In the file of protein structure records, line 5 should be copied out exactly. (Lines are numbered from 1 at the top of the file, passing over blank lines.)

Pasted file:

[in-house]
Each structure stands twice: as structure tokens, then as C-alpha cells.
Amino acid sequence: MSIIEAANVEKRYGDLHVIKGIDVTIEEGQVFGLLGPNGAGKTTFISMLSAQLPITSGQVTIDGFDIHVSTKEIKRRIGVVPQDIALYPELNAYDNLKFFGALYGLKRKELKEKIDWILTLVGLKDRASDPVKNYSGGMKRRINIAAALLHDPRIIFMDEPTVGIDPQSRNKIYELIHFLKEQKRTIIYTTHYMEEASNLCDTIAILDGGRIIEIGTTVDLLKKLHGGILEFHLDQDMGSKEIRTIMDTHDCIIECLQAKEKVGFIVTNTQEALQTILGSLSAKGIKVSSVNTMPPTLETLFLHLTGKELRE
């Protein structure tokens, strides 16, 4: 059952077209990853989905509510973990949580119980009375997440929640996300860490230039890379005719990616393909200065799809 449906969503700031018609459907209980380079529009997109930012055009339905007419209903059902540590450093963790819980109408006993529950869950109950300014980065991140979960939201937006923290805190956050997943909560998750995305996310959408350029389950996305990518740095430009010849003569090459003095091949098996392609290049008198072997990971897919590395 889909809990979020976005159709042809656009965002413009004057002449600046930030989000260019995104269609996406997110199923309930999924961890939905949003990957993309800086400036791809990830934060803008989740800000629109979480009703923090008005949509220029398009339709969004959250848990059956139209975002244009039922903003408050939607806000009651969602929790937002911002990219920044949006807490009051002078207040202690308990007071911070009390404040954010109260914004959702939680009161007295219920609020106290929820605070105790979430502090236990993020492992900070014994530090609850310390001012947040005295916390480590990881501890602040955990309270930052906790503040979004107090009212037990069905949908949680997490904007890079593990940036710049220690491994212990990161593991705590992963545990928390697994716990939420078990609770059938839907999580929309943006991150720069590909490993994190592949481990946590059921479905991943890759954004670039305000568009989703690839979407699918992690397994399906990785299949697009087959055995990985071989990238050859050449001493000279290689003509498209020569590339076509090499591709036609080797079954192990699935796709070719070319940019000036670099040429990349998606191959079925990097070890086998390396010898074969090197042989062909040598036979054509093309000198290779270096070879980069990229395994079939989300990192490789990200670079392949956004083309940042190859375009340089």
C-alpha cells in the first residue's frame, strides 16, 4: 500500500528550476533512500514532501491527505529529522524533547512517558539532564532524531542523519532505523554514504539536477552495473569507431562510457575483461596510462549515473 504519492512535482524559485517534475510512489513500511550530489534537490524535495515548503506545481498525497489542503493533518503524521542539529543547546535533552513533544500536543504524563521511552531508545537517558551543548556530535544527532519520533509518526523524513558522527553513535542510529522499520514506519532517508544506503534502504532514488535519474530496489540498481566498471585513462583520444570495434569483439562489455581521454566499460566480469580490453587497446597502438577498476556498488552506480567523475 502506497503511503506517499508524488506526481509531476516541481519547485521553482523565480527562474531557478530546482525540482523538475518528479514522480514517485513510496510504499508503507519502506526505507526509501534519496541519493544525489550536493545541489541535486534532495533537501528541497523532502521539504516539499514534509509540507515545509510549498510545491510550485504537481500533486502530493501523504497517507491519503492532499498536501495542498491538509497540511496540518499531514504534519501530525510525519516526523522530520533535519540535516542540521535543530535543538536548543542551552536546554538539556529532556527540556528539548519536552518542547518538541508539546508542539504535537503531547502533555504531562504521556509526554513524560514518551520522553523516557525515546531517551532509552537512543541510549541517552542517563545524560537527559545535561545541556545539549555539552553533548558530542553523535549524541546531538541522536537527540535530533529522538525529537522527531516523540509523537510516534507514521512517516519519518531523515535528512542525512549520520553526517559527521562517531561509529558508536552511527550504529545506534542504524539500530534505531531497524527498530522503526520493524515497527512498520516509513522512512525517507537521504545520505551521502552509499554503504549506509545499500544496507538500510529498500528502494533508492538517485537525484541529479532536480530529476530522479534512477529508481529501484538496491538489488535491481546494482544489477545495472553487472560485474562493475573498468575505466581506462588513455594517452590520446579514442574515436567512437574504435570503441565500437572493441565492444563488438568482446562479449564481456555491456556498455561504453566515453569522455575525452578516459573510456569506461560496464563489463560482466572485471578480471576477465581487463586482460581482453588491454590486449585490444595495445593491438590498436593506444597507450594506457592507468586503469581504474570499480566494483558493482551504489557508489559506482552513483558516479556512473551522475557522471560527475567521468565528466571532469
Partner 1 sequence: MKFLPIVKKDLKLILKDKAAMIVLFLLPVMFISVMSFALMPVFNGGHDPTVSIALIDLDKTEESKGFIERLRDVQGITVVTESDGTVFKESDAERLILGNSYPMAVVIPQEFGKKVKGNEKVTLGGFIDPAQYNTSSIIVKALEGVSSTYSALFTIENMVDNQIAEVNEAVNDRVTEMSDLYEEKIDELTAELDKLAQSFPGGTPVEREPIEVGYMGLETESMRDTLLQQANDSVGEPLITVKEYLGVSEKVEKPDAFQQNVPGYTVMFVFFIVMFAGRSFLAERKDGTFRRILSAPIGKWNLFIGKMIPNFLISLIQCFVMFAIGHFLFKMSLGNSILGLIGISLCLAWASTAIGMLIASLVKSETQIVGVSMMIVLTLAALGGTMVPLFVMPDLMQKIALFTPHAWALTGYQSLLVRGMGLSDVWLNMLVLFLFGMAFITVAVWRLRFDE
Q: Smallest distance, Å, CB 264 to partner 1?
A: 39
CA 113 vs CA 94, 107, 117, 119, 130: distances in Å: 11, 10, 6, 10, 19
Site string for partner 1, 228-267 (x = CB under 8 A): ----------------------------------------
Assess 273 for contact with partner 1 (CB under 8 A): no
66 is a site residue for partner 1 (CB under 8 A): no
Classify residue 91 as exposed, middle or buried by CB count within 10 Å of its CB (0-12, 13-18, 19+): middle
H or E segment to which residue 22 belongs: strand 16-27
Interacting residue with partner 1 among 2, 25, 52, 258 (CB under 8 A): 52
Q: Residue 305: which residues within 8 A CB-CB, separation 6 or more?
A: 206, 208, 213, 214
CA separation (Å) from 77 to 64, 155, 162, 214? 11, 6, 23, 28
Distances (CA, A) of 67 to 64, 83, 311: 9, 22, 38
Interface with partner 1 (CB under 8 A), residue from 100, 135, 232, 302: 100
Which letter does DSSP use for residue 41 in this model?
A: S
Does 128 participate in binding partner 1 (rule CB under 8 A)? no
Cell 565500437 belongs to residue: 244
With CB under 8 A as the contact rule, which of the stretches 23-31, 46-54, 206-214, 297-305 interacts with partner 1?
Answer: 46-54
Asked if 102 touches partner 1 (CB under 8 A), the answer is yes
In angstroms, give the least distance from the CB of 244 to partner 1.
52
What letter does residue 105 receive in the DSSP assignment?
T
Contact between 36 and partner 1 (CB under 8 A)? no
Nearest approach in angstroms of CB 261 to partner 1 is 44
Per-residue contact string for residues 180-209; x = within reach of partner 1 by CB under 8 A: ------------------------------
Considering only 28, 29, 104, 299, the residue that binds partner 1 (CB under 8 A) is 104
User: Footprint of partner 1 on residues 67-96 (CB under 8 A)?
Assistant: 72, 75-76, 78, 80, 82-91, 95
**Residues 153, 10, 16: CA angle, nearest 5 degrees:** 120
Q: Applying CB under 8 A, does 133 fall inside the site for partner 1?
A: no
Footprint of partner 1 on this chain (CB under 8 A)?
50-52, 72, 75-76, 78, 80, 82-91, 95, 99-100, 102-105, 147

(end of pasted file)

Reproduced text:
C-alpha cells in the first residue's frame, strides 16, 4: 500500500528550476533512500514532501491527505529529522524533547512517558539532564532524531542523519532505523554514504539536477552495473569507431562510457575483461596510462549515473 504519492512535482524559485517534475510512489513500511550530489534537490524535495515548503506545481498525497489542503493533518503524521542539529543547546535533552513533544500536543504524563521511552531508545537517558551543548556530535544527532519520533509518526523524513558522527553513535542510529522499520514506519532517508544506503534502504532514488535519474530496489540498481566498471585513462583520444570495434569483439562489455581521454566499460566480469580490453587497446597502438577498476556498488552506480567523475 502506497503511503506517499508524488506526481509531476516541481519547485521553482523565480527562474531557478530546482525540482523538475518528479514522480514517485513510496510504499508503507519502506526505507526509501534519496541519493544525489550536493545541489541535486534532495533537501528541497523532502521539504516539499514534509509540507515545509510549498510545491510550485504537481500533486502530493501523504497517507491519503492532499498536501495542498491538509497540511496540518499531514504534519501530525510525519516526523522530520533535519540535516542540521535543530535543538536548543542551552536546554538539556529532556527540556528539548519536552518542547518538541508539546508542539504535537503531547502533555504531562504521556509526554513524560514518551520522553523516557525515546531517551532509552537512543541510549541517552542517563545524560537527559545535561545541556545539549555539552553533548558530542553523535549524541546531538541522536537527540535530533529522538525529537522527531516523540509523537510516534507514521512517516519519518531523515535528512542525512549520520553526517559527521562517531561509529558508536552511527550504529545506534542504524539500530534505531531497524527498530522503526520493524515497527512498520516509513522512512525517507537521504545520505551521502552509499554503504549506509545499500544496507538500510529498500528502494533508492538517485537525484541529479532536480530529476530522479534512477529508481529501484538496491538489488535491481546494482544489477545495472553487472560485474562493475573498468575505466581506462588513455594517452590520446579514442574515436567512437574504435570503441565500437572493441565492444563488438568482446562479449564481456555491456556498455561504453566515453569522455575525452578516459573510456569506461560496464563489463560482466572485471578480471576477465581487463586482460581482453588491454590486449585490444595495445593491438590498436593506444597507450594506457592507468586503469581504474570499480566494483558493482551504489557508489559506482552513483558516479556512473551522475557522471560527475567521468565528466571532469